Climate campaigners attending the Cop26 summit are urging Nicola Sturgeon to intervene in what they describe as intimidating and heavy-handed policing of protests in Glasgow.
The open letter from the Cop26 Coalition, Stop Climate Chaos Scotland and the Climate Coalition calls on the primary minister to be sure that the best to protest is upheld prematurely of Friday and Saturday’s mass marches, after activists reported “numerous incidents of abuse of powers and intimidating tactics” by the ten,000 officers from forces throughout the UK who’ve been deployed each day.
The signatories spotlight “the disproportionately high number of officers deployed, combined with intrusive police surveillance” which has created “an atmosphere of fear and intimidation” and “unacceptable chilling effect on the right to protest”.
The Guardian has heard first-hand accounts from activists of being threatened with arrest for unfurling a banner at a prepare station, refused a written receipt after a cease and search and prevented from becoming a member of an assembled protest as a result of they have been turned again at a police cordon.
These reviews stand in stark distinction to Police Scotland’s pledge earlier than the convention of a “human rights-based approach” to policing of protest that might be “welcoming, friendly and proportionate”.
Campaigners have been significantly alarmed by way of the tactic of kettling – corralling protesters for a prolonged time frame – at Wednesday’s Extinction Rebellion march by town centre. Activists reported being refused entry to water, bathroom amenities and medicine through the kettle.
Police Scotland insisted that protesters have been “contained for a short period” and this was “necessary in order to maintain public safety”, including it was “extremely disappointing that officers were assaulted by having paint sprayed in their faces”.
Extinction Rebellion Scotland have since printed a video which they are saying exhibits an activist making an attempt to use spraypaint on a constructing and being tackled by officers, who then arrested him for assault.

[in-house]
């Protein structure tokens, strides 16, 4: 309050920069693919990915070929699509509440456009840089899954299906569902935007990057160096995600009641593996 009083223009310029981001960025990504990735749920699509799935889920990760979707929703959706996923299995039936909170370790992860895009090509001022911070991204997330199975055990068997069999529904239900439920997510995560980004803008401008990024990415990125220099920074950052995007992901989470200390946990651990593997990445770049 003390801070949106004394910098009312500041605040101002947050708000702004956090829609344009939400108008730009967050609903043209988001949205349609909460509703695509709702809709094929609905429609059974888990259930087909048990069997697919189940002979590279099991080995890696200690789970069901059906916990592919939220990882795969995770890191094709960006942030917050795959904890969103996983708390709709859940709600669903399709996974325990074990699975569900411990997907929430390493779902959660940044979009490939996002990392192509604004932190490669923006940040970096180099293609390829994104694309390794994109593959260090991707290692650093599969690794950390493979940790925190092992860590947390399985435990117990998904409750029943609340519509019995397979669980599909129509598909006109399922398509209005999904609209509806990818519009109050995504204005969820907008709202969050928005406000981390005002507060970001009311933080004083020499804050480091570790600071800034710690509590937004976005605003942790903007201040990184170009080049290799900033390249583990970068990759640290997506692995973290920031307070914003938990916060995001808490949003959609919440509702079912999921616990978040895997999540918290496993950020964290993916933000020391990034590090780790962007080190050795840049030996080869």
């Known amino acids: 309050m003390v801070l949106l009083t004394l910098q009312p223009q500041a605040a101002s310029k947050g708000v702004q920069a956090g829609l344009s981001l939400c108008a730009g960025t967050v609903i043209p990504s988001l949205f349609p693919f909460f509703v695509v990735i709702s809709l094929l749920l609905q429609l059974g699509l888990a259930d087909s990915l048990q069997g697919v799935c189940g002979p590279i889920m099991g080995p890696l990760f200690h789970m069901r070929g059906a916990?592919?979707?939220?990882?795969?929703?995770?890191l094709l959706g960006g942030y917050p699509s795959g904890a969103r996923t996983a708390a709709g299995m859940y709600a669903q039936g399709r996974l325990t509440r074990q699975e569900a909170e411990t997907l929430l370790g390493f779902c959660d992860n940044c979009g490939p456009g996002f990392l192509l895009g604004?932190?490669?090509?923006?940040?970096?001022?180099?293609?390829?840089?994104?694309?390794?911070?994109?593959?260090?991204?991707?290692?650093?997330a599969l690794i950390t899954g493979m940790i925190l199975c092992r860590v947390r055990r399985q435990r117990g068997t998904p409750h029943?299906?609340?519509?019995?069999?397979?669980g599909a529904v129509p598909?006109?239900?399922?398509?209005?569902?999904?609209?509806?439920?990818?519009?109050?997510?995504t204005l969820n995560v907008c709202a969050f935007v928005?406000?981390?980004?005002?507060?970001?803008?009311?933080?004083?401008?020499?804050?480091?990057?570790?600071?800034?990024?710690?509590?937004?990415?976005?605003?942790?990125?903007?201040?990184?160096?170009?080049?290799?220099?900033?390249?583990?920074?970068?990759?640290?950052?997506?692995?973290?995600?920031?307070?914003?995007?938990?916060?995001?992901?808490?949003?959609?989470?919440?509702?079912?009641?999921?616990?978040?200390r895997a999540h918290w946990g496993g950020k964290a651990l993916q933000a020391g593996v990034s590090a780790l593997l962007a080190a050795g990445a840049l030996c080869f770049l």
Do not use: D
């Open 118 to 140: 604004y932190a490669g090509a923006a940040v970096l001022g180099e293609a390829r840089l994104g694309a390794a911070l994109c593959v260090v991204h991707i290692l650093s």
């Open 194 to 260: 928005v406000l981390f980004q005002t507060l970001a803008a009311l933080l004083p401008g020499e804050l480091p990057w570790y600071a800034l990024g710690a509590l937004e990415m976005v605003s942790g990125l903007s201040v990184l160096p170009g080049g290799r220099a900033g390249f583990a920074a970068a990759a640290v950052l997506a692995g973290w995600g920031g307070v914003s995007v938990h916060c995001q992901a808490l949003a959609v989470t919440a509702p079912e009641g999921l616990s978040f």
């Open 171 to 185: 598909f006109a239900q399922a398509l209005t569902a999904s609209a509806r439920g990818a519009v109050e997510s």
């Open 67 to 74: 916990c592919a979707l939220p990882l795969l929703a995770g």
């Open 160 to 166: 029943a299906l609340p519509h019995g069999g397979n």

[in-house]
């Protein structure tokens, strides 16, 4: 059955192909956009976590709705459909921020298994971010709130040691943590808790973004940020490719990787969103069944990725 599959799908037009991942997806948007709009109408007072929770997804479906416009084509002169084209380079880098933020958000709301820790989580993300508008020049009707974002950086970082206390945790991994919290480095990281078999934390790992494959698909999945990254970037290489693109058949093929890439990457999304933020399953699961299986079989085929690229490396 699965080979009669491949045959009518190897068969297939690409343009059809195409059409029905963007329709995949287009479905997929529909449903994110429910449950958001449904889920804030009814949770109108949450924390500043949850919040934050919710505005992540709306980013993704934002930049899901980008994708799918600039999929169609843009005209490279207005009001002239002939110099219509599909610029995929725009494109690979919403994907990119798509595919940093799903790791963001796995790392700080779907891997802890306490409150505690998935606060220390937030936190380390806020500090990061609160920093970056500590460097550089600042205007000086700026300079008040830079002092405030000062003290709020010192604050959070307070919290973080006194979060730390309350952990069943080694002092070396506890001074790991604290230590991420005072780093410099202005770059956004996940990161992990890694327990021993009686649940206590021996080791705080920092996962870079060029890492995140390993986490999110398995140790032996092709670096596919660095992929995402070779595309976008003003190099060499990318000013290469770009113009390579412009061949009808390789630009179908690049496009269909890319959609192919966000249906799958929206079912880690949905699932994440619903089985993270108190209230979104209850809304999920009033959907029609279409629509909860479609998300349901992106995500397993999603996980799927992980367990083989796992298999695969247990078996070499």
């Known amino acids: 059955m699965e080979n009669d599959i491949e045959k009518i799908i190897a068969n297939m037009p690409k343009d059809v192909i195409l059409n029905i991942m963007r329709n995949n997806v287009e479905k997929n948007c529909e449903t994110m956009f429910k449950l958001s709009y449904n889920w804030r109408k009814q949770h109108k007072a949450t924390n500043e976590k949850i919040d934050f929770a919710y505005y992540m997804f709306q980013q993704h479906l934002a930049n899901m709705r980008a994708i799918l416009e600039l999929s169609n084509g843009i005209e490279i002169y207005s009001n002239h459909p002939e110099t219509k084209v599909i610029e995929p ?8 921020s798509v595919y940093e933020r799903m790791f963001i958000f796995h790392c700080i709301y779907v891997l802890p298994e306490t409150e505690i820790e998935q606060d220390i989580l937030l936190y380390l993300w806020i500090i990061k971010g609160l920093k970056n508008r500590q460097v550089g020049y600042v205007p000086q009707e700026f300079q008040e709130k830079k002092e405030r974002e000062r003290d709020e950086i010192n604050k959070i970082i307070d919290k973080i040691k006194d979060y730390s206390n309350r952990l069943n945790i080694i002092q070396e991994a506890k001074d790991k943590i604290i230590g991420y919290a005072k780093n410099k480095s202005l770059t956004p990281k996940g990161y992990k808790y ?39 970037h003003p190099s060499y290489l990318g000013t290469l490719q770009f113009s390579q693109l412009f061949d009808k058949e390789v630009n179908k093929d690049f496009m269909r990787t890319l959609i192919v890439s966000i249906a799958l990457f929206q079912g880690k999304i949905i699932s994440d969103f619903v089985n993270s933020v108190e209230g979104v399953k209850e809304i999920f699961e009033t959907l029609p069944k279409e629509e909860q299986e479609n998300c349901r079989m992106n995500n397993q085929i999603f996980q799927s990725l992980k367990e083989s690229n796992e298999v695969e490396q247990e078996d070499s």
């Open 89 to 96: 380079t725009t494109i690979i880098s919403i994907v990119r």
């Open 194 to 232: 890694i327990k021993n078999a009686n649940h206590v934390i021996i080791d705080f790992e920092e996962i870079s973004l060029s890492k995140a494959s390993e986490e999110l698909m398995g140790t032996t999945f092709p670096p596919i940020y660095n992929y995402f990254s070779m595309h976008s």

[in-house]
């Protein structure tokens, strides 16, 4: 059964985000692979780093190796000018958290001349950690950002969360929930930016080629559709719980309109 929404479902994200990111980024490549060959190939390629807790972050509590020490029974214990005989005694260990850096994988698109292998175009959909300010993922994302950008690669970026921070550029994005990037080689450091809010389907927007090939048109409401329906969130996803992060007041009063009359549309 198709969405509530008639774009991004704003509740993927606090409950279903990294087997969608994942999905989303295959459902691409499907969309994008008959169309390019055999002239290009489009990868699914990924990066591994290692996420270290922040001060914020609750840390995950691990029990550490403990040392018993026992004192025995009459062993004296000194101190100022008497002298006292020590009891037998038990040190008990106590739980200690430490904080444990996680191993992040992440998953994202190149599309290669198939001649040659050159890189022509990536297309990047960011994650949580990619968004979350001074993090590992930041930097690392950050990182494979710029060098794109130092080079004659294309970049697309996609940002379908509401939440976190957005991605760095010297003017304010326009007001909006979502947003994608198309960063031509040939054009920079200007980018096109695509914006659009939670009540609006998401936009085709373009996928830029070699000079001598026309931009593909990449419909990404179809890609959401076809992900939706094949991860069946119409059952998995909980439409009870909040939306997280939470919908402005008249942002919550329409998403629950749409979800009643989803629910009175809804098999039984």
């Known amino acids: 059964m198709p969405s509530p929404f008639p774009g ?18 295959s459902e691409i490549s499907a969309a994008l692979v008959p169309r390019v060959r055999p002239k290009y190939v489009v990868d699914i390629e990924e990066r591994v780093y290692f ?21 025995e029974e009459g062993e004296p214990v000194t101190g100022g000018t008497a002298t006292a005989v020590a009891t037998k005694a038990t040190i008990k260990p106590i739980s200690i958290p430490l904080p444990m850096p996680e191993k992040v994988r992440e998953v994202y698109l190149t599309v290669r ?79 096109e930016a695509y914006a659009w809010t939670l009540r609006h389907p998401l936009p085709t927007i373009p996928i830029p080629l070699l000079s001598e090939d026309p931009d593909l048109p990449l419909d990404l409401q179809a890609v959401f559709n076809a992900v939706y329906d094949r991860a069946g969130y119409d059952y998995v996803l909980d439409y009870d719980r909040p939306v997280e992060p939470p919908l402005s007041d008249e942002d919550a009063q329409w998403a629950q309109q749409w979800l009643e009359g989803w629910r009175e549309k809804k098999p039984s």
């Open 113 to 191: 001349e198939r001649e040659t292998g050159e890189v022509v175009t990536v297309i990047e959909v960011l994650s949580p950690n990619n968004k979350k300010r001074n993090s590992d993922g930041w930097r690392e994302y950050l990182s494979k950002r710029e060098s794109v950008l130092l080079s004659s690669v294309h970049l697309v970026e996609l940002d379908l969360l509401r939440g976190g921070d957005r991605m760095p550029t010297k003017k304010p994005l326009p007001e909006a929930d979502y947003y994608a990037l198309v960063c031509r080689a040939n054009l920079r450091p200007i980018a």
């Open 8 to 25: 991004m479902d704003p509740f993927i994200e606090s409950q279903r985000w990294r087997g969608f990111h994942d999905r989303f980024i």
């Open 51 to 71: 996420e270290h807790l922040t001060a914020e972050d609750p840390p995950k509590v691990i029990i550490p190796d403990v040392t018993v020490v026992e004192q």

There are vital issues that the “saturation policing” seen on the streets of Glasgow up to now this week could have a chilling impact on participation on the Fridays for Future faculty strike on Friday and the Global Day of Action on Saturday, when up to 100,000 persons are anticipated to take to march by town. Many of them will likely be first-time marchers and will not be acquainted with the English language or Scots legislation.
Campaigners argue that these ways even have a detrimental influence on the group as an entire – on Tuesday Police Scotland apologised to girls in Glasgow who had to stroll house in darkness on Monday evening after well-lit streets have been blocked off due to summit safety issues.
Assistant chief constable Gary Ritchie stated: “Police Scotland is a rights-based organisation that puts our values of integrity, fairness, respect and a commitment to upholding human rights at the heart of everything we do. This means that we will protect the rights of people who wish to peacefully protest or counter-protest at Cop26, balanced against the rights of the wider community.”
He added that “containment” was a “permitted policing tactic where a breach of the peace is taking place or reasonably thought to be imminent”.
A Scottish authorities spokesperson stated: “The Scottish government is fully supportive of the right to protest in a peaceful and lawful manner, and welcomes all contributions on how, together, we tackle the climate emergency. Police Scotland has engaged with a wide range of activist groups in advance of the conference in order to facilitate and support their right to peaceful protest.”
Japan UK Travel